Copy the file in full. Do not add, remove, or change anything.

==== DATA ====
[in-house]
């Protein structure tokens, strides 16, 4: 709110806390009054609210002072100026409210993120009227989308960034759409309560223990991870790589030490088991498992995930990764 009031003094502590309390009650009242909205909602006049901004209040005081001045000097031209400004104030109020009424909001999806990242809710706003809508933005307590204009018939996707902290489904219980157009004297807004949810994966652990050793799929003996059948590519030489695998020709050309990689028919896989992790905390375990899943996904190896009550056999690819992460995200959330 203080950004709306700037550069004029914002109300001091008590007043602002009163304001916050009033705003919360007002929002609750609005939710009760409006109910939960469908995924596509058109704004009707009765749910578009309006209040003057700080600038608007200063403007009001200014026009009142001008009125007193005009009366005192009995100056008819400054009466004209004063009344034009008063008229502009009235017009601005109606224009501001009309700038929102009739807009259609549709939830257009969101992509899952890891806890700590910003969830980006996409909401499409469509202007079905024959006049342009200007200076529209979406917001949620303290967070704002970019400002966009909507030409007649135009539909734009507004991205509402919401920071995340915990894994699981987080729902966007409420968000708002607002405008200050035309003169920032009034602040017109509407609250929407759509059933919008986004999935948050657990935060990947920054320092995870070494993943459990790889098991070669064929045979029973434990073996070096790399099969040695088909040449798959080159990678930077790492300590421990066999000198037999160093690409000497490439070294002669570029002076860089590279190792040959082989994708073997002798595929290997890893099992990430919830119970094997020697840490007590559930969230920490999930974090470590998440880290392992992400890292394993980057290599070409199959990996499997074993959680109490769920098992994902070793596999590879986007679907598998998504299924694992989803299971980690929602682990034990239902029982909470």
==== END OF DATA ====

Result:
[in-house]
């Protein structure tokens, strides 16, 4: 709110806390009054609210002072100026409210993120009227989308960034759409309560223990991870790589030490088991498992995930990764 009031003094502590309390009650009242909205909602006049901004209040005081001045000097031209400004104030109020009424909001999806990242809710706003809508933005307590204009018939996707902290489904219980157009004297807004949810994966652990050793799929003996059948590519030489695998020709050309990689028919896989992790905390375990899943996904190896009550056999690819992460995200959330 203080950004709306700037550069004029914002109300001091008590007043602002009163304001916050009033705003919360007002929002609750609005939710009760409006109910939960469908995924596509058109704004009707009765749910578009309006209040003057700080600038608007200063403007009001200014026009009142001008009125007193005009009366005192009995100056008819400054009466004209004063009344034009008063008229502009009235017009601005109606224009501001009309700038929102009739807009259609549709939830257009969101992509899952890891806890700590910003969830980006996409909401499409469509202007079905024959006049342009200007200076529209979406917001949620303290967070704002970019400002966009909507030409007649135009539909734009507004991205509402919401920071995340915990894994699981987080729902966007409420968000708002607002405008200050035309003169920032009034602040017109509407609250929407759509059933919008986004999935948050657990935060990947920054320092995870070494993943459990790889098991070669064929045979029973434990073996070096790399099969040695088909040449798959080159990678930077790492300590421990066999000198037999160093690409000497490439070294002669570029002076860089590279190792040959082989994708073997002798595929290997890893099992990430919830119970094997020697840490007590559930969230920490999930974090470590998440880290392992992400890292394993980057290599070409199959990996499997074993959680109490769920098992994902070793596999590879986007679907598998998504299924694992989803299971980690929602682990034990239902029982909470």